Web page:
MEGACITIES: LONDON PART 3 OF 3
A Megacity is usually defined as a recognized metropolitan area with a total population in excess of 10 million people. Some definitions also set a minimum level for population density (at least 2,000 persons/square km). A megacity can be a single metropolitan area or two or more metropolitan areas that converge upon one another. The term metacity is also sometimes used to describe cities with more than 20 million people.
In 1800 only 3% of the world's population lived in cities. By the 20th century's close, 47% did so. In 1950, there were 83 cities with populations exceeding one million; but by 2007, this had risen to 468 agglomerations of more than one million. If the trend continues, the world's urban population will double every 38 years, say researchers. The UN forecasts that today's urban population of 3.2 billion will rise to nearly 5 billion by 2030, when three out of five people will live in cities.
The increase will be most dramatic in the poorest and least-urbanised continents, Asia and Africa. Surveys and projections indicate that all urban growth over the next 25 years will be in developing countries. One billion people, one-sixth of the world's population, now live in shanty towns, which are seen as "breeding grounds" for social problems such as crime, drug addiction, alcoholism, poverty and unemployment.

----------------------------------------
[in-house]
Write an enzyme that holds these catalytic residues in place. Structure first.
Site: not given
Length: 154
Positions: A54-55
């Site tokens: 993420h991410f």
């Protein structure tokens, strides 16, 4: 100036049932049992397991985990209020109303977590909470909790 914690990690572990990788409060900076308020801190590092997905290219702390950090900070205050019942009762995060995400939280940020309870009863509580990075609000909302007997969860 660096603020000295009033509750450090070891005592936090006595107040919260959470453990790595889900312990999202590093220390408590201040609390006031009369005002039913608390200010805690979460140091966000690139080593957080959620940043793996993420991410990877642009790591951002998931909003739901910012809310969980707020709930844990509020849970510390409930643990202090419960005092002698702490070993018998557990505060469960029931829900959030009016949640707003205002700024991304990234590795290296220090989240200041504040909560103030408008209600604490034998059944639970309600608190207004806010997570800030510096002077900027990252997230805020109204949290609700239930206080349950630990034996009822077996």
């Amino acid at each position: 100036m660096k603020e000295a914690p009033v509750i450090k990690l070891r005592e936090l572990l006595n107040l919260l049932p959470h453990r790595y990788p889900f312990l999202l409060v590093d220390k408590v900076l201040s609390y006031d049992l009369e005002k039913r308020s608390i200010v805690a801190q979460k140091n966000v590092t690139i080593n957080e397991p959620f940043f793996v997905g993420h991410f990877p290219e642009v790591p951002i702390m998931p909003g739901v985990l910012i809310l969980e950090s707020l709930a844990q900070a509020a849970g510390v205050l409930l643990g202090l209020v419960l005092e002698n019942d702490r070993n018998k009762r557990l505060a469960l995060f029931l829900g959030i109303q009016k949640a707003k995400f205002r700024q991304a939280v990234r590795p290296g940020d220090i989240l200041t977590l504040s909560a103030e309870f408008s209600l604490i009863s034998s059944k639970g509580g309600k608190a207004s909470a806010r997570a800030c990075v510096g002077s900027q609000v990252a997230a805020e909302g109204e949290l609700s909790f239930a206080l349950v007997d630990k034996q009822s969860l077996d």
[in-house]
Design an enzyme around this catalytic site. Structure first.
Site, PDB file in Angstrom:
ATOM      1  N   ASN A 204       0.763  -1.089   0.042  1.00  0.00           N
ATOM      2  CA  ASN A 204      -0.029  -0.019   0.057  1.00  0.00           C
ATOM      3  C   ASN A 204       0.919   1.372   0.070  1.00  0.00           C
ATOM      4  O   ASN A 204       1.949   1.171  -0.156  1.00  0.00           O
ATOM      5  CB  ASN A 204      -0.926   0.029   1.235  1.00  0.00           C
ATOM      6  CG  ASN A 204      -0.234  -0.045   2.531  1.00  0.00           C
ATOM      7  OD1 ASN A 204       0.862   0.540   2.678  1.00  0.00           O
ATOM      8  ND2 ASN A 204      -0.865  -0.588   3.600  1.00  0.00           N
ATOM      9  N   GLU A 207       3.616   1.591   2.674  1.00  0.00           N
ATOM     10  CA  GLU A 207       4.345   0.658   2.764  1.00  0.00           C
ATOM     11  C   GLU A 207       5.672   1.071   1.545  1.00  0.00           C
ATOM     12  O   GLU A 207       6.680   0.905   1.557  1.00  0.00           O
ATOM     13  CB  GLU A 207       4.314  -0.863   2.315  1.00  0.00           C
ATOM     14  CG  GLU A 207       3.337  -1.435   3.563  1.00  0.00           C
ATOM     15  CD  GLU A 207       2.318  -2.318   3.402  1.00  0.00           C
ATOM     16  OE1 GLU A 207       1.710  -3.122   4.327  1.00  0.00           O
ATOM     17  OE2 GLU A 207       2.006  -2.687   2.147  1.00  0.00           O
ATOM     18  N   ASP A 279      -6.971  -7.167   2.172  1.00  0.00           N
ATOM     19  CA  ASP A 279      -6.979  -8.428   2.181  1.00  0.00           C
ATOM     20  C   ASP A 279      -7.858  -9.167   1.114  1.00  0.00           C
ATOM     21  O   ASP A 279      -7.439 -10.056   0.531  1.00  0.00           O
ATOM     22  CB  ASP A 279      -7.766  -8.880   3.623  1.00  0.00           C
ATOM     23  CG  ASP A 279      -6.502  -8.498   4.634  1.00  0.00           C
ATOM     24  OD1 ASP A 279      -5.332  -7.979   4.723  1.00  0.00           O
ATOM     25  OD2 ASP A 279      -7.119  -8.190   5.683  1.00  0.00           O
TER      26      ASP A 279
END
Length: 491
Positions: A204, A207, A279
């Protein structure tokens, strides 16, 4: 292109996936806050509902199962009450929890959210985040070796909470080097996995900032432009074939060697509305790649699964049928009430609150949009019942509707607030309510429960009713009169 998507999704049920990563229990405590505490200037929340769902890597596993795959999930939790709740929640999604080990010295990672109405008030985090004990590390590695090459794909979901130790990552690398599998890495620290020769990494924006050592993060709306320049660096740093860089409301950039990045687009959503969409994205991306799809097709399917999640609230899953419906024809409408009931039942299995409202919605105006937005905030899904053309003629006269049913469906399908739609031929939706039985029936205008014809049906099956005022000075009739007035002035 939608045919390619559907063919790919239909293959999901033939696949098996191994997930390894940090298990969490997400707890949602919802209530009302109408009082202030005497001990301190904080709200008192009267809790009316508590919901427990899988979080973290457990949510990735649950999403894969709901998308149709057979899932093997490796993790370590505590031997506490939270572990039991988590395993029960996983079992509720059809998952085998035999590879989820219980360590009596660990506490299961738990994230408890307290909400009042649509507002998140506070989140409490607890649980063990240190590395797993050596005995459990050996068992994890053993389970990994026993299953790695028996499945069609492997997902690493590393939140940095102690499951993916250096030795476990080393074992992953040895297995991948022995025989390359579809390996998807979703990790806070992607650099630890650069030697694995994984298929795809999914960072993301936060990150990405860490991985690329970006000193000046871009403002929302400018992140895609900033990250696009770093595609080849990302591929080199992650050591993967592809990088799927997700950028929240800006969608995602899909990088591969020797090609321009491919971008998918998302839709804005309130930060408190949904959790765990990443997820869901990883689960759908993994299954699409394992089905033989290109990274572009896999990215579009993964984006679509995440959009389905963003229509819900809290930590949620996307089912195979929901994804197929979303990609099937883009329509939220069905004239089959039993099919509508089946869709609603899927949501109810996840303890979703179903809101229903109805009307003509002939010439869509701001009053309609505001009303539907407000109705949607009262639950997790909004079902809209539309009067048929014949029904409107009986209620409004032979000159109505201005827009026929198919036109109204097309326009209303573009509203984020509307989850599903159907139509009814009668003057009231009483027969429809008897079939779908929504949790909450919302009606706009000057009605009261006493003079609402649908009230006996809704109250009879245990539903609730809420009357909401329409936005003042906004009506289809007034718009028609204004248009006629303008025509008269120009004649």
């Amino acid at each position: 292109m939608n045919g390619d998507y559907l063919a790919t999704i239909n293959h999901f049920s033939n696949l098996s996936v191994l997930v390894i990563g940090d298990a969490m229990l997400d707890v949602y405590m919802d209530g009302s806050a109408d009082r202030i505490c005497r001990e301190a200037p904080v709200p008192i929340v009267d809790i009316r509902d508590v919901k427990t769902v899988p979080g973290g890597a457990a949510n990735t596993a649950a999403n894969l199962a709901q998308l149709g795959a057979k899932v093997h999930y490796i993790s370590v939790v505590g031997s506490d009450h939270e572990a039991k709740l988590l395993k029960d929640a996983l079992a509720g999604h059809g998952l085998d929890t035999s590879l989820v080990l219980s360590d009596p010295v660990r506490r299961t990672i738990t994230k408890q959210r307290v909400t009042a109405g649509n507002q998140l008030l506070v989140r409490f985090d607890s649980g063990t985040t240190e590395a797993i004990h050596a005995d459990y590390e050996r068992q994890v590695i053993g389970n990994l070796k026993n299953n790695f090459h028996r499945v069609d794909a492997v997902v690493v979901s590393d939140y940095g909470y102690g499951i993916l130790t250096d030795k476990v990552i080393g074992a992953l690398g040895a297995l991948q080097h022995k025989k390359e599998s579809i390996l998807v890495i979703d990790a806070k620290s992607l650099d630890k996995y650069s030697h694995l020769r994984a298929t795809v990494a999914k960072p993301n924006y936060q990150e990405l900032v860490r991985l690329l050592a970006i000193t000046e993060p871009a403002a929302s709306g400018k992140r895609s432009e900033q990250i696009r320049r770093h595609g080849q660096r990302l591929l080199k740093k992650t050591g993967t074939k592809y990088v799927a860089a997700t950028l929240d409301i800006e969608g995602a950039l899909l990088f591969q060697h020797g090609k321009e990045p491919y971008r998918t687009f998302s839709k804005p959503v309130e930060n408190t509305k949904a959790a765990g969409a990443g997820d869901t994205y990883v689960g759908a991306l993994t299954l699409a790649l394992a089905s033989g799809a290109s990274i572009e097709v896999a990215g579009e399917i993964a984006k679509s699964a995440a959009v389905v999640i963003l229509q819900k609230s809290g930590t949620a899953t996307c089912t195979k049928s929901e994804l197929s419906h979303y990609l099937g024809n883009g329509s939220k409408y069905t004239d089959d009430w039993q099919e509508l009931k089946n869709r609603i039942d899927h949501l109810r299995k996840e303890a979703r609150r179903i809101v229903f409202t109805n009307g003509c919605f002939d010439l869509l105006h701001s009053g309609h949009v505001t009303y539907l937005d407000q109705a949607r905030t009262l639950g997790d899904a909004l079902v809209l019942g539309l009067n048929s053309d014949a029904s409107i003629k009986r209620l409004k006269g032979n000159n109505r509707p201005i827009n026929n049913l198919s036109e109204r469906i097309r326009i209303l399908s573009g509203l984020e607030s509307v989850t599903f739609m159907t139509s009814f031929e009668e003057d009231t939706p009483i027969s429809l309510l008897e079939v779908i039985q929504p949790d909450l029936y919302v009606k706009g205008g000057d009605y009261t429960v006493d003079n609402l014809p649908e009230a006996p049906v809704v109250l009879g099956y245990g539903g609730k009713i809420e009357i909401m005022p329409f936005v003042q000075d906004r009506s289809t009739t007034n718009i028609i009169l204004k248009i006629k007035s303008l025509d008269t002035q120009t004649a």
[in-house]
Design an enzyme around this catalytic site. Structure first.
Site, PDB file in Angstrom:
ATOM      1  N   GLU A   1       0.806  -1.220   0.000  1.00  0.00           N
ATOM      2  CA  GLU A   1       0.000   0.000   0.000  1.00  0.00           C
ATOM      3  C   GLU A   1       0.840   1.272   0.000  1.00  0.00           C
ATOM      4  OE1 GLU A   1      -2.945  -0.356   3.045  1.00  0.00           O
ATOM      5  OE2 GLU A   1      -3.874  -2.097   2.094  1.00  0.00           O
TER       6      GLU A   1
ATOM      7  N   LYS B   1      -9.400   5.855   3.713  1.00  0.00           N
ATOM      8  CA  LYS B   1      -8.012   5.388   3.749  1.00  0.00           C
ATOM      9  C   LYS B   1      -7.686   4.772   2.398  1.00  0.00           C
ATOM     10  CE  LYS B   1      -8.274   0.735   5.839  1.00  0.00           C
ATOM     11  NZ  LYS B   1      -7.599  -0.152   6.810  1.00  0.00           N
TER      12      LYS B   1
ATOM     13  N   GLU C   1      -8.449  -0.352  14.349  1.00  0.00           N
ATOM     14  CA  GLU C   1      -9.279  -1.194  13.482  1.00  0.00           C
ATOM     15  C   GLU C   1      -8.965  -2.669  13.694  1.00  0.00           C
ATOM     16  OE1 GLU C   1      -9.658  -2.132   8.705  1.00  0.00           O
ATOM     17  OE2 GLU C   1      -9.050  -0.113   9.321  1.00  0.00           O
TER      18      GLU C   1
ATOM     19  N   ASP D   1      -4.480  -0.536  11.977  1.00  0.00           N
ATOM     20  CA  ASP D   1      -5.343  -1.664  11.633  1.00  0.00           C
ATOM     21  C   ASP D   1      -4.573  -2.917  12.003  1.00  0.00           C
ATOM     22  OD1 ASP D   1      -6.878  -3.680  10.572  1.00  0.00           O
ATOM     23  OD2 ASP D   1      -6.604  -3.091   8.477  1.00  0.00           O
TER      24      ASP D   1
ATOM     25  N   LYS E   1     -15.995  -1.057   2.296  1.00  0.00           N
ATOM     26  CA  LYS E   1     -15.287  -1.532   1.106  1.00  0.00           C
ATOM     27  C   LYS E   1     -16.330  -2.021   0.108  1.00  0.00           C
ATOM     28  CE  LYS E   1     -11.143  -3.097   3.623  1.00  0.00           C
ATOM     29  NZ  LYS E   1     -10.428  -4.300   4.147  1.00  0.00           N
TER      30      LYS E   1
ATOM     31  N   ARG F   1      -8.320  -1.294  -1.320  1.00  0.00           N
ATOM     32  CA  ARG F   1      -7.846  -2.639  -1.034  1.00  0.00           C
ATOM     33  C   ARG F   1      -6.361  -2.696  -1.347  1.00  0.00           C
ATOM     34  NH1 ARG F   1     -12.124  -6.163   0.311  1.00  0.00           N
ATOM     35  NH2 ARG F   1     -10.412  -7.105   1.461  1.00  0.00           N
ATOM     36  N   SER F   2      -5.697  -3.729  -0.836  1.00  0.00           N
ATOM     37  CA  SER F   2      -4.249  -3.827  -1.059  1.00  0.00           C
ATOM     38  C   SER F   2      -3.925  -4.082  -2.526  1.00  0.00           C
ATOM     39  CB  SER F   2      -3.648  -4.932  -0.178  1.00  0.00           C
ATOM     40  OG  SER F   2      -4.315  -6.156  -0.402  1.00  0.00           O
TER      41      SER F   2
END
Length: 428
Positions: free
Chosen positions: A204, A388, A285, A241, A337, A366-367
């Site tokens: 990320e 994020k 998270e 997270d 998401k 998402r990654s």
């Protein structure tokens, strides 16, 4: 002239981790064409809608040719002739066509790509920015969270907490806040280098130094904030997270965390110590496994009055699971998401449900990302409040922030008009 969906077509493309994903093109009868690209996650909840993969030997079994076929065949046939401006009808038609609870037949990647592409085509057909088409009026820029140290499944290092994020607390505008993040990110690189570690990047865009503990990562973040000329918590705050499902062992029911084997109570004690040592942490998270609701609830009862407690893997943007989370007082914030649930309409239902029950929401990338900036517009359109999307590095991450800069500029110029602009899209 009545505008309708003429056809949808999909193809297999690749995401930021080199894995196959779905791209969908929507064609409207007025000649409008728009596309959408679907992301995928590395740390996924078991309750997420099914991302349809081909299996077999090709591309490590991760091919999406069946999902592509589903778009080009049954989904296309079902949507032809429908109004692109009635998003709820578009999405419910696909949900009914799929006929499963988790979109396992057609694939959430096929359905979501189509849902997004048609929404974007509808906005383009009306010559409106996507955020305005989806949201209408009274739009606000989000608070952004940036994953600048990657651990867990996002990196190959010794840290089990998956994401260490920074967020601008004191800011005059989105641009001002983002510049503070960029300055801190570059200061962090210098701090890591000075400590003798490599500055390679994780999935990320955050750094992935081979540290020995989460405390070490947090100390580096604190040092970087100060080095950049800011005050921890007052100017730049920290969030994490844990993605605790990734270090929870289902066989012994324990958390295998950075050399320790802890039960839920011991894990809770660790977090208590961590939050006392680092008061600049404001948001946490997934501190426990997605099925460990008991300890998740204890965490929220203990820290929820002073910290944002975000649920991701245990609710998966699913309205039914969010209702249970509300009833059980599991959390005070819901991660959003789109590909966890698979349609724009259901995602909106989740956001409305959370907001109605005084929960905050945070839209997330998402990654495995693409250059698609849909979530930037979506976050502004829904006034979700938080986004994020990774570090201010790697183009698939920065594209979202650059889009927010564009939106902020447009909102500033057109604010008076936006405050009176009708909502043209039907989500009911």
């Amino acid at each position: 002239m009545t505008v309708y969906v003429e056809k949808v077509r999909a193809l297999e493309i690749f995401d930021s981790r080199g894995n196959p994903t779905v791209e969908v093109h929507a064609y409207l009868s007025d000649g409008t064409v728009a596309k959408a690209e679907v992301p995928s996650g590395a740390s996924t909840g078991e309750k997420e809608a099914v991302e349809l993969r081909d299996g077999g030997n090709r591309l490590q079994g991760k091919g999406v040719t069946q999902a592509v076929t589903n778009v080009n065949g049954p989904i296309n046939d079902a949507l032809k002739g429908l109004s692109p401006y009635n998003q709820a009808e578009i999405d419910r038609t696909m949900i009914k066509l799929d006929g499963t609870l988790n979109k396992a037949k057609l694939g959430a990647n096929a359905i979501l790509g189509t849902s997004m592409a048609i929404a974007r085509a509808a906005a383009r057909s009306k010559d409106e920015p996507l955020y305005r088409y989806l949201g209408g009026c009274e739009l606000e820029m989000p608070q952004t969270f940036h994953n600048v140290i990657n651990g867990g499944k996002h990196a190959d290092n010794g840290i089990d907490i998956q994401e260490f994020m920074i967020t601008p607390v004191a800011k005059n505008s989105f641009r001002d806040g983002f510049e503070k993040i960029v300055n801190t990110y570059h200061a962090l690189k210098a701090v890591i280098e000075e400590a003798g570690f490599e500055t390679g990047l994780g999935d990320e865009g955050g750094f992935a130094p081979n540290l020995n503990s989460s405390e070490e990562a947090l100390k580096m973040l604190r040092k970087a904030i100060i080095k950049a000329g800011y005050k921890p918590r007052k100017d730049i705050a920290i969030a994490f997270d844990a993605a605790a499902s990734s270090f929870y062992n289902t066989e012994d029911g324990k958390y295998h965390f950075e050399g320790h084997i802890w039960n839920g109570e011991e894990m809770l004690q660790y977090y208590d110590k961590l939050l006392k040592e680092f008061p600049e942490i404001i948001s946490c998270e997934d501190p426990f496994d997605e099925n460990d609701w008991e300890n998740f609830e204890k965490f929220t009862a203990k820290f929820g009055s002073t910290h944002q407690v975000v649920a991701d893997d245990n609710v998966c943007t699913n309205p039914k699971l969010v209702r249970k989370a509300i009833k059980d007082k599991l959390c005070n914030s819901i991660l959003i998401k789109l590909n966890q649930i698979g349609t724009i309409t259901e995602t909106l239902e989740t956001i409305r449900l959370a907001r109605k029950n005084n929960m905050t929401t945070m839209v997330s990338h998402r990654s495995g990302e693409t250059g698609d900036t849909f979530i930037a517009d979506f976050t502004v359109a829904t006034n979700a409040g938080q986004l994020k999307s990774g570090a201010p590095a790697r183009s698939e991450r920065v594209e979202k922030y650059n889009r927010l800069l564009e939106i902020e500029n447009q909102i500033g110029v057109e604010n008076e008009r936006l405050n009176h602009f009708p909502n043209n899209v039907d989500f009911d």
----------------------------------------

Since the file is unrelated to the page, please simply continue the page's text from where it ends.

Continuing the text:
In many poor countries overpopulated slums exhibit high rates of disease due to unsanitary conditions, malnutrition, and lack of basic health care. By 2030, over 2 billion people in the world will be living in slums. Already over 90% of the urban population of Ethiopia, Malawi and Uganda, three of the world's most rural countries, live in slums.
In 2000, there were 18 megacities – conurbations such as Tokyo, Mexico City, Bombay, Sao Paulo and New York City – that have populations in excess of 10 million inhabitants. Greater Tokyo already has 35 million, more than the entire population of Canada.